10. 10. Phil Robinson The Triangular Life Cycle ModelThe right hand side of the graph shown in Figure 18 as the gaps shrink, the triangle becomes a single point withrepresents the traditional value view of quality (Gar84) that all three views of quality perfectly based on how much a customer is willing to pay for The Communicate triangle represents a situation in whichquality. However, the left hand side of the graph represents the need-specification gap is large but is corrected by thethe counter intuitive proposition that it is necessary to spend developers during the Design and Construction stages ofless in order to achieve better quality! the life cycle. This is usually achieved by communicating frequently with the stakeholders - hence the name of the triangle. This triangle can deliver products that meet the stakeholders needs but will normally involve more rework than the ideal triangle. Co ns tru cti on s es el op Ideal H ign Des nd rsta unde Com mu n ce sour Requirements icat Ou t M is e Figure 19: Closing the gaps with process improvement Figure 21: Triangular maturity modelsProcess improvement can be used as a technique to closethe need-specification gap during the requirements phase of The Outsource triangle has a large needs-specification gapthe life cycle and the specification-product gap during the but a small specification-product gap. The result is adesign and construction phases of the life cycle. product that fails to meet many of the user’s needs. This triangle often occurs when the Design and Construction Investment stages of the life cycle are outsourced to a third party who Return delivers a product that conforms closely to its specification but the specification does not refect the true stakeholders needs. Quality The Misunderstand triangle has a small needs-specification Budget gap but a large specification-product gap. The result is aCost product that fails to meet a many of the users needs. This triangle can occur for two reasons: • the specification is very complex and difficult for ps Cost the ga of poor the developers to understand; or losing qualit Cost of c y • the developers do not follow the specification. Quality The Hopeless triangle is, well simply hopeless! Large Figure 20: Investing in process improvement need-specification and specification-product gaps result in a product that manages to satisfy very few of the user’sHowever, there will always be a time delay between needs.spending more on closing the gaps and a correspondingreduction in the cost of poor quality. This means that A question of balanceprocess improvement should be viewed as an investment Project management best practices such as those describedproposition that will provide a return on the investment by PMBOK are intended to have relevance to a wide(ROI) at some point in the future. variety of projects undertaken in many different industries. By aiming for universal relevance these practices often“Triangular” maturity models miss some of the subtleties of software development.The shape of a triangle is determined by the relative length The TLCM is intended to fill this gap. However, is notof its sides. It is interesting to compare the shapes of intended as a alternative to project management practicestriangles that reflect different project scenarios. but rather a way to supplement and enhance them with aThe ideal triangle has a small need-specification gap and a software engineering perspective. The practices describedsmall specification-product gap. The result is a product that in PMBOK can and should be applied to projects based onmeets most of the users needs as represented by the small TLCM. It is hoped that the TLCM’s priorities of quality,product-need gap. scope, cost and time can provide a useful counterweight to the more dominant time, cost, scope and quality prioritiesIn fact, a triangle representing a perfect product that met all of project management.of the users needs would not be a triangle! This is because - 10 -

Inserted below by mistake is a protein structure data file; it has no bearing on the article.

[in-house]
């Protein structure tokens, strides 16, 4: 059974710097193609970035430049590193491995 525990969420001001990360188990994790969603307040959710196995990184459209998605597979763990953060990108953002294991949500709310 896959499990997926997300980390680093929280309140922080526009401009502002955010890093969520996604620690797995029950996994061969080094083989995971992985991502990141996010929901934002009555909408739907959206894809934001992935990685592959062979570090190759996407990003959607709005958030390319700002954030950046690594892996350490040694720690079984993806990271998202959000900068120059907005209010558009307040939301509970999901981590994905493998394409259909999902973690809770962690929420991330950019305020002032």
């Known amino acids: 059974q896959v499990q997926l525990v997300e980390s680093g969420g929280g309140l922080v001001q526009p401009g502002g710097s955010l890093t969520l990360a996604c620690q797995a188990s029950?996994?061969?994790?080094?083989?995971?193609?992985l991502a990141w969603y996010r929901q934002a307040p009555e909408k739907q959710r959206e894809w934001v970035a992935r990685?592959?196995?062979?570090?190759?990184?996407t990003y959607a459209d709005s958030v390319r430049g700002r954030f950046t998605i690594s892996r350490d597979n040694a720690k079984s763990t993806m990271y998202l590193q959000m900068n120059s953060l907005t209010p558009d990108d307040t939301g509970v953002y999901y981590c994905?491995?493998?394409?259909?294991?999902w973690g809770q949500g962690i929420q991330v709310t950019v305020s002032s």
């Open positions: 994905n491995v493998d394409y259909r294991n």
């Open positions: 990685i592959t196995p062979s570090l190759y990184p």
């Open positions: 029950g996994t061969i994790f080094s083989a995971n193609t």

11. 11. Phil Robinson The Triangular Life Cycle Model Project Management Quality Priorities [UML07] OMG Unified Modeling Language (OMG UML), Management Superstructure, V2.1.2, Object management Group (OMG), Priorities 2007. [Ber97] Bersoff, E. H., "Elements of Software, Configuration Management," in Software Engineering, M.Dorfman and R. H. Thayer, Eds., IEEE Computer Society Press, 1997. Time Cost Quality [Pen93] Peng, W. W. and Wallace, D. R., Software Error Scope Analysis, NIST Special Publication 500-209, 1993. Activities [Bei90] Beizer, B., Software Testing Techniques, Van Work Product Nostrand Reinhold, New York, 1990. [Boe88] Boehm, B. “A spiral model of software Figure 22: Balancing quality and project management development and enhancement”, SIGSOFT Software priorities Engineering, 1986. [Cro79] Cosby, P., Quality is Free, New American Library, 1979.[Lap08] Laplante, P. A., Neill, Colin J., “The Demise of theWaterfall Model and Other Urban Myths”, GameDevelopment, Vol 1, No 10, Feb 2004.[Roy70] Royce, W., "Managing the Development of LargeSoftware Systems", Proceedings of IEEE WESCON, 1970.[Wik08] Urban Myth, Retrieved on 31stJul 2008.[PMBOK00] A Guide to the Project Management Body ofKnowledge (PMBOK), The Project Management Institute,2000 (also available as IEEE Std 1490-2003).[Sta95] The Standish Group Report: Chaos.,Retrieved 7th August, 2008.[Yor97] Yourdon, E., Death March: The CompleteSoftware Developers Guide to Surviving "MissionImpossible" Projects, Prentice Hall, 1997.[Pow04] Powell, Richard R., Wabi Sabi Simple, AdamsMedia, 2004.[AS 2561] AS 2561-1982: Guide to the determination anduse of quality costs, Standards Australia, 1982[Gar84] Garviv, D., "What Does Product Quality ReallyMean?", Sloan Management Review, Fall 1984, pp25-45.[Geo04] George, Michael L., et al. The Lean Six SigmaPocket Toolbook: A Quick Reference Guide to 100 Toolsfor Improving Quality and Speed, McGraw-Hill, 2004.[Boe99] Boehm, B. 1999. “Escaping the software tar pit:model clashes and how to avoid them”, SIGSOFT SoftwareEngineering Notes 24, Jan. 1999.[Boe79] Boehm, B., “Guidelines for Verifying andValidating Software Requirements and DesignSpecifications”, IEEE Software Volume 1, Issue 1, 1984.[Glo08] Glossary of Software Testing Terms,, Retrievedon 1st Aug 2008[IEEE1028] IEEE Std 1028-1997 IEEE Standard forSoftware Reviews. - 11 -